Marching Through Whatever

This gathering of essays, studies, reviews, and occasional pieces is united by its subject and fused by the imagination and knowledge of the author.  Clyde Wilson has responded not only to a host of opportunities as a professional historian and scholar but to sundry provocations as a lively contemporary who knows the implications of ideological distortions and of political logrolling.  This Distinguished Professor has not said so explicitly, but I say that current and even emerging and future events have echoed and will echo what his sense of history has said to him, and have justified and will justify his examination of the past and its connections with the present.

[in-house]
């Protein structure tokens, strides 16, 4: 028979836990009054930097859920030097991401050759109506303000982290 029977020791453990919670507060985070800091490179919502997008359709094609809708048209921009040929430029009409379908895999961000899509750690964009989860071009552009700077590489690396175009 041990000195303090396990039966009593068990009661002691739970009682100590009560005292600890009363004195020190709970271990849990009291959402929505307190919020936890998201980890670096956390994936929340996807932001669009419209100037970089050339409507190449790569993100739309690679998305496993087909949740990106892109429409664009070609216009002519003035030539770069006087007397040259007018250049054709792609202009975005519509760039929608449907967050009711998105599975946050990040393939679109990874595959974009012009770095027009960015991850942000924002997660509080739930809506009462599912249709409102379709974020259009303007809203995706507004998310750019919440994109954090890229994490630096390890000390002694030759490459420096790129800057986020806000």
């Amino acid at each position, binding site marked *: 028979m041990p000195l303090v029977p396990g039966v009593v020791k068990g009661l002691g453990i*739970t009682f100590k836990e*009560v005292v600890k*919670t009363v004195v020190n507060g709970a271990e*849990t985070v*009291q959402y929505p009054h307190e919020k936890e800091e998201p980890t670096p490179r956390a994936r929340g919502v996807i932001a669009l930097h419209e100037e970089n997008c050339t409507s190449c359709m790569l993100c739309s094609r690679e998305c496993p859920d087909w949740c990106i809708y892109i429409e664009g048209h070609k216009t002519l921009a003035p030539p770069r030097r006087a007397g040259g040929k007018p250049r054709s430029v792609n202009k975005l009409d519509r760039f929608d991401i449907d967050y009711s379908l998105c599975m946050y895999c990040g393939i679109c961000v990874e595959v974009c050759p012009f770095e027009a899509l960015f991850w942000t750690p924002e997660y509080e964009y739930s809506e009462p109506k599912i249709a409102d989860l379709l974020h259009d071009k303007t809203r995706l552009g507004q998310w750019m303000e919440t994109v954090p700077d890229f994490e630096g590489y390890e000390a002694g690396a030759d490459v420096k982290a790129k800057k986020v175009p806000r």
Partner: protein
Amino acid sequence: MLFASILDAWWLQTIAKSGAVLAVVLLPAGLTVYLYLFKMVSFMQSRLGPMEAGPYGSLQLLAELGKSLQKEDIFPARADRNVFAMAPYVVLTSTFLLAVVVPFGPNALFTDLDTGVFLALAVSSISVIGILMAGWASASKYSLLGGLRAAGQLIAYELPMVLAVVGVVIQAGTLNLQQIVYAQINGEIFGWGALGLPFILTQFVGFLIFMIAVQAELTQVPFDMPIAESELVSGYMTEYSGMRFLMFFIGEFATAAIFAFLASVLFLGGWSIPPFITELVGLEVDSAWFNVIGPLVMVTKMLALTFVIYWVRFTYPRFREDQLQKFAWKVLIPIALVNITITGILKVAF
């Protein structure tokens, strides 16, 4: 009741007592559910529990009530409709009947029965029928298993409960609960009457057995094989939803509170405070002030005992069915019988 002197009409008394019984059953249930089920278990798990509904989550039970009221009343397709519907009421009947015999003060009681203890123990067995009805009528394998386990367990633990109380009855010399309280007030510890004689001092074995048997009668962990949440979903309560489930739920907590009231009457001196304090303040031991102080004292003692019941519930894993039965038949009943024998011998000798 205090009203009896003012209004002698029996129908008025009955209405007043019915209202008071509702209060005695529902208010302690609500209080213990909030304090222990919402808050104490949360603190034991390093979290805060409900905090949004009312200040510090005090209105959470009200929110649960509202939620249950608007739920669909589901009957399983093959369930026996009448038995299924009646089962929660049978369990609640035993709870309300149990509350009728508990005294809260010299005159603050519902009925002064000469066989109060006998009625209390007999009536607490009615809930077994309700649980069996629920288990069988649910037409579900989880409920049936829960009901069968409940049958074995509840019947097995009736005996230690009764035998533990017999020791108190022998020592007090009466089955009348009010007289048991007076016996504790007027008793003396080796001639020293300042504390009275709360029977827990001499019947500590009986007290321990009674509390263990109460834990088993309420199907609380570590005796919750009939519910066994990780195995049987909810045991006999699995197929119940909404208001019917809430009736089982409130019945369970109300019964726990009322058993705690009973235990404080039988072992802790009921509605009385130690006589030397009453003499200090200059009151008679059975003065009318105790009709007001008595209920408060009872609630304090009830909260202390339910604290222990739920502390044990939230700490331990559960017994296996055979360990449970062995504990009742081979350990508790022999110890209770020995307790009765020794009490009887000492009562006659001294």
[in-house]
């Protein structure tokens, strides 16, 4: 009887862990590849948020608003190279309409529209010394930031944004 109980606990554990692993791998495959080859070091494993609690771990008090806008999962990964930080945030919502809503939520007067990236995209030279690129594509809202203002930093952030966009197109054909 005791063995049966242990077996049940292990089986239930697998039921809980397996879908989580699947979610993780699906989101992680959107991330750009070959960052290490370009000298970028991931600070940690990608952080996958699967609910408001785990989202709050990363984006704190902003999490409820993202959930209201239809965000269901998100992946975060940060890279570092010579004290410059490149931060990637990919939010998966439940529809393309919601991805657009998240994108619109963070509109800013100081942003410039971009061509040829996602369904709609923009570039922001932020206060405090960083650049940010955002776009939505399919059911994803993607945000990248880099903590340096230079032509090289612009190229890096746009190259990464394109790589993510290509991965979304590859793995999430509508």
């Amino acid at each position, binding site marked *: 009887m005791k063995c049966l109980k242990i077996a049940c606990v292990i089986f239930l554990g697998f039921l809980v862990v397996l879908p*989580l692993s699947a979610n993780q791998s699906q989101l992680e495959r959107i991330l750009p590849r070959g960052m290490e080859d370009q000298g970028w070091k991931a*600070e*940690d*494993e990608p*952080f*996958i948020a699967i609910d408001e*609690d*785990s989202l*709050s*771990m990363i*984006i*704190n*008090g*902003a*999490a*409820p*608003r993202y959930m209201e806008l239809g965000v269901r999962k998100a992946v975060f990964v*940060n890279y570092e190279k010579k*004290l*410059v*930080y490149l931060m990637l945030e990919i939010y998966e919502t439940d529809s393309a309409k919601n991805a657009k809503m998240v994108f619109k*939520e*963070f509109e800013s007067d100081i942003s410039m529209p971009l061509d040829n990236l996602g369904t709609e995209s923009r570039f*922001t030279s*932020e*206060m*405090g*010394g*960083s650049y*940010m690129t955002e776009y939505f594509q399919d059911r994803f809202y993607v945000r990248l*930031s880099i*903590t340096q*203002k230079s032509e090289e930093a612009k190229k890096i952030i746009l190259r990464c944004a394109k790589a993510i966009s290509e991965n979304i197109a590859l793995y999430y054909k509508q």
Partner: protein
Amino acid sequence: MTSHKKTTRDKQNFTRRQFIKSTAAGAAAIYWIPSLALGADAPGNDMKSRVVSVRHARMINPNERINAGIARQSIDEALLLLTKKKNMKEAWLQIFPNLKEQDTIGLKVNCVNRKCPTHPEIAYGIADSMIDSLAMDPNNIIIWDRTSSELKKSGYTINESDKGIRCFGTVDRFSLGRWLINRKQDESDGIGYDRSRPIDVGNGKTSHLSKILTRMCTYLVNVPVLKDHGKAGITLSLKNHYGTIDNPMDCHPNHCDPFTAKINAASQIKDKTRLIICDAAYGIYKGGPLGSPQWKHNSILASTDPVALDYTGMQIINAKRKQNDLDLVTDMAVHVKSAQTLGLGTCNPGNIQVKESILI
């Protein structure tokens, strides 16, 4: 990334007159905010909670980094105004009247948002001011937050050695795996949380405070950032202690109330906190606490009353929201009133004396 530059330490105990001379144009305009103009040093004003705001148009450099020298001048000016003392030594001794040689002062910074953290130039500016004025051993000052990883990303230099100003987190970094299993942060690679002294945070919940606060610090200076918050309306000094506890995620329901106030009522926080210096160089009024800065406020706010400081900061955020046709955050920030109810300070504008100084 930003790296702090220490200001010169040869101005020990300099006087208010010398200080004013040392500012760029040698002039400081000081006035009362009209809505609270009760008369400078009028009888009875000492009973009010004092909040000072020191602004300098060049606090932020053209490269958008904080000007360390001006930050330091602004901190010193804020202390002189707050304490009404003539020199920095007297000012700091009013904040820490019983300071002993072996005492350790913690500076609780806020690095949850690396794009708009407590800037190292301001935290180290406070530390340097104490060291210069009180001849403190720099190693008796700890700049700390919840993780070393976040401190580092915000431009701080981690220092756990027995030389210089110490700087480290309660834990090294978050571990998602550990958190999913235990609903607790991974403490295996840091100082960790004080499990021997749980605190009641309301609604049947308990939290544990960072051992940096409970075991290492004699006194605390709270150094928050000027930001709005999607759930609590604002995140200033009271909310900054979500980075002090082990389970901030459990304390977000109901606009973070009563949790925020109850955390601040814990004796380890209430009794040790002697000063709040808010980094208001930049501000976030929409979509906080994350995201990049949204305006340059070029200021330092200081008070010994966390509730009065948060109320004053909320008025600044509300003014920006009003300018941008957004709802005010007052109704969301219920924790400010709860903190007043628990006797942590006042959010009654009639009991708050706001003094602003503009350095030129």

Those connections are most striking not so much as deep continuities but as unaccountable absurdities.  The funniest pages in this book, if these may be identified from among the strenuous competition, are those devoted to an episode in 2004 when nine Democratic presidential candidates were scheduled to appear at the Longstreet Theater on the campus of the University of South Carolina, a venue which had previously featured appearances by two presidents of the United States and a pope.  Suddenly, it was discovered that the theater was named after the Rev. Augustus Baldwin Longstreet, president of a predecessor institution and others, author of Georgia Scenes (1835), defender of slavery on biblical grounds, and advocate of secession.  The...

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